November Stock Market Performance: In Charts

The month of November has been good to investors from a seasonal perspective. In fact, over the past 20 years November has seen the S&P 500 rise 70 percent of the time. But what I found even more interesting was that November is a bit more volatile in terms of gains and losses over that same time period.

In short, there isn’t much room for neutrality with the November stock market.  It’s either really bullish or really bearish. Let’s run through some recent numbers, then look at some charts. Note that the S&P 500 was used for this study, and it spans the past 20 years.

On the bullish side, here’s what you need to know:

  • The stock market has been up 70 percent of the time since 1994 (that’s 14 of the past 20 Novembers for those keeping score at home).
  • The average gain when November rises is 3.97%
  • And the overall average gain/loss for November is 1.52%

On the bearish side, here’s what you need to know:

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  • November has been down just 6 times in the past 20 years (30 percent)
  • The average loss when November falls is 4.20%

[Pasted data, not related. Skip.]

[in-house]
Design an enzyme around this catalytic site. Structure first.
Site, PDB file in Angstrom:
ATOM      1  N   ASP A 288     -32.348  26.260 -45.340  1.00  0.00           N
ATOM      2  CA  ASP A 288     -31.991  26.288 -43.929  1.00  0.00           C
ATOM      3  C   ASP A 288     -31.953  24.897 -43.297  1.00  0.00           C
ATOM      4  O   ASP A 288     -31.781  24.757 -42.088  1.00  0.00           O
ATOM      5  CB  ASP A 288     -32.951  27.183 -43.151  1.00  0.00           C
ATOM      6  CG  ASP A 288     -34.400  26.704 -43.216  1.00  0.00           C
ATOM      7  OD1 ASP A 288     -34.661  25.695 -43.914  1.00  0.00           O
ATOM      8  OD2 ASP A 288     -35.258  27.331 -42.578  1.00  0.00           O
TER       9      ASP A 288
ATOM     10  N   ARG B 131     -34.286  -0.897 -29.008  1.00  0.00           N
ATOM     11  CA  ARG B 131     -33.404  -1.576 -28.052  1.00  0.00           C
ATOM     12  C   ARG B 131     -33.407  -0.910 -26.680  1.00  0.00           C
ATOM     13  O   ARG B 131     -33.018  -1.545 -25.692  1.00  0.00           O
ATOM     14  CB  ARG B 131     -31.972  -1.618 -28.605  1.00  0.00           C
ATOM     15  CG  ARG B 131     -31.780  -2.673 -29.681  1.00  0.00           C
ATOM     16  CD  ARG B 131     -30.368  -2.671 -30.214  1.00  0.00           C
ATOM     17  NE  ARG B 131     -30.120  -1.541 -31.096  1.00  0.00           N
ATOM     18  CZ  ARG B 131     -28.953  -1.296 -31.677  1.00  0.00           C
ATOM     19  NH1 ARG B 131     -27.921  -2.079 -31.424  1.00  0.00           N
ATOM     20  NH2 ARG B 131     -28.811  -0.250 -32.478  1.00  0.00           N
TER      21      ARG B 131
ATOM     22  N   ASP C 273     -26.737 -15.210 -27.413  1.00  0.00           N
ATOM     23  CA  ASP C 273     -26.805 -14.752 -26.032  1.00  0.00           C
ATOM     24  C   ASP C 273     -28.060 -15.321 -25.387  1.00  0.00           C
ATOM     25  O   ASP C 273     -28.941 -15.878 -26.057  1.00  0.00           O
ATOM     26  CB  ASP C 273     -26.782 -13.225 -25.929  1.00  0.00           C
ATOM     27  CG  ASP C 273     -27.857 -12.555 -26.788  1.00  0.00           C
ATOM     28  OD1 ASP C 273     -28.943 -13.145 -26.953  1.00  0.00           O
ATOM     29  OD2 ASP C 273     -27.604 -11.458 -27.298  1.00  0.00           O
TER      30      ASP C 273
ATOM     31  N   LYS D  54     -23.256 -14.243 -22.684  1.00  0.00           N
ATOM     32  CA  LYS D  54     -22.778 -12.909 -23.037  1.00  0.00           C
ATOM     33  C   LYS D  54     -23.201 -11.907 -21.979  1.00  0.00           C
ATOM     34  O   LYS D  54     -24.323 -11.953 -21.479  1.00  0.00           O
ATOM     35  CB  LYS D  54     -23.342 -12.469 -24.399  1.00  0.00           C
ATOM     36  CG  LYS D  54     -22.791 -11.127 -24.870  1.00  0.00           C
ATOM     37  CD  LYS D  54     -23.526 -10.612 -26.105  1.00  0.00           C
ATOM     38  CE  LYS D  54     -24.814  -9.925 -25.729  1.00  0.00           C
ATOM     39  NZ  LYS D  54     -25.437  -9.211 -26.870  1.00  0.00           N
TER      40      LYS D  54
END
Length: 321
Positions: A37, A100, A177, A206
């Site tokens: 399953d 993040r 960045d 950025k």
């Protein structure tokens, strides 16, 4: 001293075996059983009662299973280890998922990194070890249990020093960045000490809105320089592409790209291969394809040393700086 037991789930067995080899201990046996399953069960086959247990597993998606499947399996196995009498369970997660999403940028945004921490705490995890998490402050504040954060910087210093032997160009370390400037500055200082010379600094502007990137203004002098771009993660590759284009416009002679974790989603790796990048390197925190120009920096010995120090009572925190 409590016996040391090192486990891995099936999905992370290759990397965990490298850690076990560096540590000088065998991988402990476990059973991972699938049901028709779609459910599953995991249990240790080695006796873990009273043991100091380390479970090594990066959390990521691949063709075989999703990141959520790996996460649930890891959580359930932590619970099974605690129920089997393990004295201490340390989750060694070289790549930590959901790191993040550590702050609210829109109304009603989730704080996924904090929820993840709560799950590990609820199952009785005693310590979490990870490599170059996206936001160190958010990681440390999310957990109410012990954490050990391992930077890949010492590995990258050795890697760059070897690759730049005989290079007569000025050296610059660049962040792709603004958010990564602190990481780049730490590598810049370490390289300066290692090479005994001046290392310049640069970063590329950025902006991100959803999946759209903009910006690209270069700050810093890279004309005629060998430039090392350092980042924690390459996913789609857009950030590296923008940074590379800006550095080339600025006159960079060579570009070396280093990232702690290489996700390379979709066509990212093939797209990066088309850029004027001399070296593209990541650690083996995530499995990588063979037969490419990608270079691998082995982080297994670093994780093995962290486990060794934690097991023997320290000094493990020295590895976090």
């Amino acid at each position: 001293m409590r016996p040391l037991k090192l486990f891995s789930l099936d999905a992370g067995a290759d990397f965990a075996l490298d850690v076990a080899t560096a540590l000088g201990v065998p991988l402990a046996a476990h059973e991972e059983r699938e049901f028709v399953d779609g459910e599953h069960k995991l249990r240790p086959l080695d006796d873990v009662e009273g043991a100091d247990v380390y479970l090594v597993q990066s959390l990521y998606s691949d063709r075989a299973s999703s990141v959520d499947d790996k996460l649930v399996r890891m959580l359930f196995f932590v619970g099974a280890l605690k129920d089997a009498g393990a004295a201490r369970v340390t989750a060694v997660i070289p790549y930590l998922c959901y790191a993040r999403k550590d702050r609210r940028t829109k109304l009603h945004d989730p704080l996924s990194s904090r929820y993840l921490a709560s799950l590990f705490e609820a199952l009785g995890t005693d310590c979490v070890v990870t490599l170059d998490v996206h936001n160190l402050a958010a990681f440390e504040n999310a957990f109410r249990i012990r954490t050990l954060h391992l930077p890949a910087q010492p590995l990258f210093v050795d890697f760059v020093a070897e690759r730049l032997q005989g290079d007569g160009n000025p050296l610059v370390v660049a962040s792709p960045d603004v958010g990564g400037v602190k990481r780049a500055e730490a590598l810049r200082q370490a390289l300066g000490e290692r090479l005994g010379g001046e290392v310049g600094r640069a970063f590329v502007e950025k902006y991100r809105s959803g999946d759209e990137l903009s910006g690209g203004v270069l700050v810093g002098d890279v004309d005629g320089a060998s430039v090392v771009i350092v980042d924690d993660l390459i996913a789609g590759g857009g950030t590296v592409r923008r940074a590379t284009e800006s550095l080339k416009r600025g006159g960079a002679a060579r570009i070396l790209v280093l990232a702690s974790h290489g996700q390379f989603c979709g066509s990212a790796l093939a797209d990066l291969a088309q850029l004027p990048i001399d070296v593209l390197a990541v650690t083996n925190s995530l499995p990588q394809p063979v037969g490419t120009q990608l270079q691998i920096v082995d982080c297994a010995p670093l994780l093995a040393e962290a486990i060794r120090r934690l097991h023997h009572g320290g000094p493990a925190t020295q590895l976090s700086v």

• November has been down 4 of the past 7 years

November Stock Market Performance – 20 years charted:

november stock market performance historical


Here are a few Novembers to remember, in charts:

November 1996   +7.34%

1996 November stock market performance



November 1998   +5.91%  …even with that late month selloff

November stock market performance 1998


November 2000   – 8.01%

november stock market performance 2000



November 2001  +7.52%

november 2001 stock market performance


November 2008   – 8.09%

november 2008 stock market performance


November 2009   – 5.74%

november stock market performance 2009


Here’s a few more items to consider. The S&P 500 has rallied over 10 percent from the October lows. With this in mind, it will be interesting to see if stocks have more gas in the tank this month. November tends to make bigger moves one way or the other, but market breadth has weakened a bit with the latest rally. With this in mind, it seems fair to say that this year’s [November] performance may hinge on the markets ability to consolidate gains in a timely fashion. Thanks for reading.


Follow Andrew on Twitter:  @andrewnyquist

Any opinions expressed herein are solely those of the author, and do not in any way represent the views or opinions of any other person or entity.